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  9. Gail, I am admiring your powers of observation!

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  10. Great photos--I'm seeing a lot of the crab spiders too. That's a beautiful butterfly. Great macros.

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  11. Dear Gail, I loved reading your words of warning and viewing the peekaboo spiders! I adore the little crab spiders and thought they just happened to match the flowers, did not realize they could change colors. Layanee has the perfect idea, spiders that eat ants! I don't like ants, either.
    xoxoxo
    Frances

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  12. Fascinating little spiders, aren't they? They seem to like my Trilliums in the spring, too. Great shots, Gail!

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    Replies
    1. Thank you...I've not seen them on trilliums, but, I'll look now!

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  13. Very beautiful shots as usual. I haven't seen spiders like those, and bees with white hirsute bodies like that!

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  14. Wonderful photos of unusual creatures. I'm going to have to look more closely. I can say we have lots and lots of pollinators this year, and lots of goldenrod for them to feed on.

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  15. We seemed to have an absurd number of crab spiders in the garden this year. They usually caught me eye because of the honey bees, or butterflies, in their grasp. I'm always amazed at the size of prey they are able to capture! It's also interesting to see how well they can adjust their camouflage to blend in with the flowers too!

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  16. Hi Gail, Dang those spiders. I hate to see them capture the sweet bees and butterflies. There must be a reason God made them but it eludes me. :) Great post.

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    Replies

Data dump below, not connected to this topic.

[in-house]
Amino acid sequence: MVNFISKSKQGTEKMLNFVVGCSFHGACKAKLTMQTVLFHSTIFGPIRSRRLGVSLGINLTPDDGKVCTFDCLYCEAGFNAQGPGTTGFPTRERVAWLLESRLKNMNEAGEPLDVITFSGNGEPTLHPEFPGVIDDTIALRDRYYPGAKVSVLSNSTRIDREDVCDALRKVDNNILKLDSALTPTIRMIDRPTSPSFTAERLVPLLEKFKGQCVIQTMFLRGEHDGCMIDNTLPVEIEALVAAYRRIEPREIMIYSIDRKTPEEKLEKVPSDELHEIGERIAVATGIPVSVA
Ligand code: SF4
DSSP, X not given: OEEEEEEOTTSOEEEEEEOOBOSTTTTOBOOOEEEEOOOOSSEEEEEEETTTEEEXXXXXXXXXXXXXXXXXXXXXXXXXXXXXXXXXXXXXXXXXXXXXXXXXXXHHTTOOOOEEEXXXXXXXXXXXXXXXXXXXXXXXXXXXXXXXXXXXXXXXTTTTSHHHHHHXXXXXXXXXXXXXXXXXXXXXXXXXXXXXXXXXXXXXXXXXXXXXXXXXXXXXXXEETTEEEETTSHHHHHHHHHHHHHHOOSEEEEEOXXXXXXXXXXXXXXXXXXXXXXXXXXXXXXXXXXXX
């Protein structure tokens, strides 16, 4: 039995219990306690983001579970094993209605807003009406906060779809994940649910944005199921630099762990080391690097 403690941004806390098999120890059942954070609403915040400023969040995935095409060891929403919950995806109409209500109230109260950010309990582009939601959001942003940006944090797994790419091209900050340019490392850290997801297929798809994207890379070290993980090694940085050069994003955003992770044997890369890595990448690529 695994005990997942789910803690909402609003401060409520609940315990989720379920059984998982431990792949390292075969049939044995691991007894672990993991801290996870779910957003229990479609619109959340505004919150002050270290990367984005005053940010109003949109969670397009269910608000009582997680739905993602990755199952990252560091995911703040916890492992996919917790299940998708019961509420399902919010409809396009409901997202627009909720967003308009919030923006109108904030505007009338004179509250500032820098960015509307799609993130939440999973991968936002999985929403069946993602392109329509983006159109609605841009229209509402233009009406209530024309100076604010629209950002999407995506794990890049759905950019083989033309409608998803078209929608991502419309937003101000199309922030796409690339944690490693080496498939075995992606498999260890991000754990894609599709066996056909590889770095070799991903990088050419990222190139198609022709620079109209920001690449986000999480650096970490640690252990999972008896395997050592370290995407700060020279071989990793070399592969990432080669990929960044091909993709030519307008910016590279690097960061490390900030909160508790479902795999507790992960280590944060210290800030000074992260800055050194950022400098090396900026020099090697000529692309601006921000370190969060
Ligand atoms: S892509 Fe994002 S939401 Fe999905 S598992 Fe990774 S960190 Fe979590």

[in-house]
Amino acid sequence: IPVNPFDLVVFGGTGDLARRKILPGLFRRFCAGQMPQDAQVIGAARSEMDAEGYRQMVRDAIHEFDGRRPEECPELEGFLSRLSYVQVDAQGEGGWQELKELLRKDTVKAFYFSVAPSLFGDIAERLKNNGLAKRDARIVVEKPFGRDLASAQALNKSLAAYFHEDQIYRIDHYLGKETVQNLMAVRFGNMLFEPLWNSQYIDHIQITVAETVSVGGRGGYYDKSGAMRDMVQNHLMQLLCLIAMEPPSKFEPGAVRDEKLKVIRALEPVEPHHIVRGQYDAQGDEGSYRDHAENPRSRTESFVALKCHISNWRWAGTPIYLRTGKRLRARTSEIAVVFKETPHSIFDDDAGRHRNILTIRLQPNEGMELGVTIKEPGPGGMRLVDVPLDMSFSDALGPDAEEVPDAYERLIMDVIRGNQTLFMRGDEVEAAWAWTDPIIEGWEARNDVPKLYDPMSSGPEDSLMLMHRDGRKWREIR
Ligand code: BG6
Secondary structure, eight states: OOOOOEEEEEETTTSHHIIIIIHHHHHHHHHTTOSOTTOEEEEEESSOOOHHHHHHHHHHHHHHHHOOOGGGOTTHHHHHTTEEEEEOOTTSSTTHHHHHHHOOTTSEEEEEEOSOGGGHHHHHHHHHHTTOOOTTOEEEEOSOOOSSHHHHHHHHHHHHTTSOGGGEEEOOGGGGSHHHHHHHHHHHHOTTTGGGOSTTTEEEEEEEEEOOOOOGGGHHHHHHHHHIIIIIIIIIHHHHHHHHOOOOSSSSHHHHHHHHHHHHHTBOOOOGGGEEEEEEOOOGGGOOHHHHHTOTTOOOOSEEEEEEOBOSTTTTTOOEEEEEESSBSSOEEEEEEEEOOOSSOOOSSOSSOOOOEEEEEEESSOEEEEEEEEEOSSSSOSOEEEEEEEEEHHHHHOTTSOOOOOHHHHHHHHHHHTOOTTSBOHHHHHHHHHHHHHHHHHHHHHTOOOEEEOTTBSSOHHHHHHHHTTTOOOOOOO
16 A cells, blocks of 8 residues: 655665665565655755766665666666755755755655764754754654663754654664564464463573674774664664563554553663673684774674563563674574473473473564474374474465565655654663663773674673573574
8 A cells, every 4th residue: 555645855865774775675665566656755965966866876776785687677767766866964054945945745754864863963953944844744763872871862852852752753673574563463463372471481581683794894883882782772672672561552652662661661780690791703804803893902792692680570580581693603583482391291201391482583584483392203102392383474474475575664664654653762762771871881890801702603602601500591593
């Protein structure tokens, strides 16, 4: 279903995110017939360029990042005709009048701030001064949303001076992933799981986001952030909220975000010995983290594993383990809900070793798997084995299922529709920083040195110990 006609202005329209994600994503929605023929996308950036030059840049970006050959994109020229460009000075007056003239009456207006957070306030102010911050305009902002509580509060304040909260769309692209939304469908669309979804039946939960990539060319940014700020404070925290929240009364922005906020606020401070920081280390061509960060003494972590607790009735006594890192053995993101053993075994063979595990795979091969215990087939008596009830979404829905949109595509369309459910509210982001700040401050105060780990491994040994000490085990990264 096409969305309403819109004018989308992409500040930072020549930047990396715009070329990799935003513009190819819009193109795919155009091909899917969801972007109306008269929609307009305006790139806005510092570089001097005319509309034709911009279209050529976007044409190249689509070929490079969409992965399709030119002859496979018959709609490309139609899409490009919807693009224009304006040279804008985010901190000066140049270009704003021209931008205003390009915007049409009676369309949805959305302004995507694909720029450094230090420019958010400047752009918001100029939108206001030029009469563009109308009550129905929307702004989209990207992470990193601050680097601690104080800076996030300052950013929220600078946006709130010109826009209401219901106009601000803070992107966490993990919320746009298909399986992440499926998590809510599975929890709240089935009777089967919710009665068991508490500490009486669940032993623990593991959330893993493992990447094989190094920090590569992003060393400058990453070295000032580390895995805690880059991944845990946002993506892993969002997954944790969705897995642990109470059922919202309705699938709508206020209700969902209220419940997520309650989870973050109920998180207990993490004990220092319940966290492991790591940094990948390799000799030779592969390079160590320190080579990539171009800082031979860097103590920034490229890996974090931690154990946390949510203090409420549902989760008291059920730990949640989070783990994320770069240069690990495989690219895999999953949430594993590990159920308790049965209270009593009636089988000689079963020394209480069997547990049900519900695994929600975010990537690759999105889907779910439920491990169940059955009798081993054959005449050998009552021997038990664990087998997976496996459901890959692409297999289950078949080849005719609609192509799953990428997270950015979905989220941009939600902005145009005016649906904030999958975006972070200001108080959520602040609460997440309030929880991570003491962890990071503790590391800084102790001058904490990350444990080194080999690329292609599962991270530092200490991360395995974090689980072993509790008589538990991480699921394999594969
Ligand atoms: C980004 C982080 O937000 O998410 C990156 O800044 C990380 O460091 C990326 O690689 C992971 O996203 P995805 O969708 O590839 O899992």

1. I know you hate them! The spiders are food for birds.

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  17. It's a fascinating world, isn't it. Love the info on the crab spiders and the great pictures of them.

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  18. Wow, look at all those crab spiders! I don't see them often, but now, I'm wondering if that's because they are blending in so well. Yes, we have a number of critters that are involved with each other in different ways. I love having the butterflies and caterpillars, but the wasps that eat the caterpillars are also drawn in, and there are a number of birds that also enjoy nibbling on them.

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  19. Crab spiders are just too cool and I really enjoy finding them...of course the pollinators are not overjoyed...I love them when they turn white with pink stripes.

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  20. Hmmm, I'll have to keep my eyes open for these sneaky little guys. I put up a similiar post yesterday, as I found a praying mantis lying in wait on my sedum Autumn Joy! They can munch all they want, but I sure hope they don't eat my butterflies!

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Let us be grateful to people who make us happy;
they are the charming gardeners
who make our souls blossom.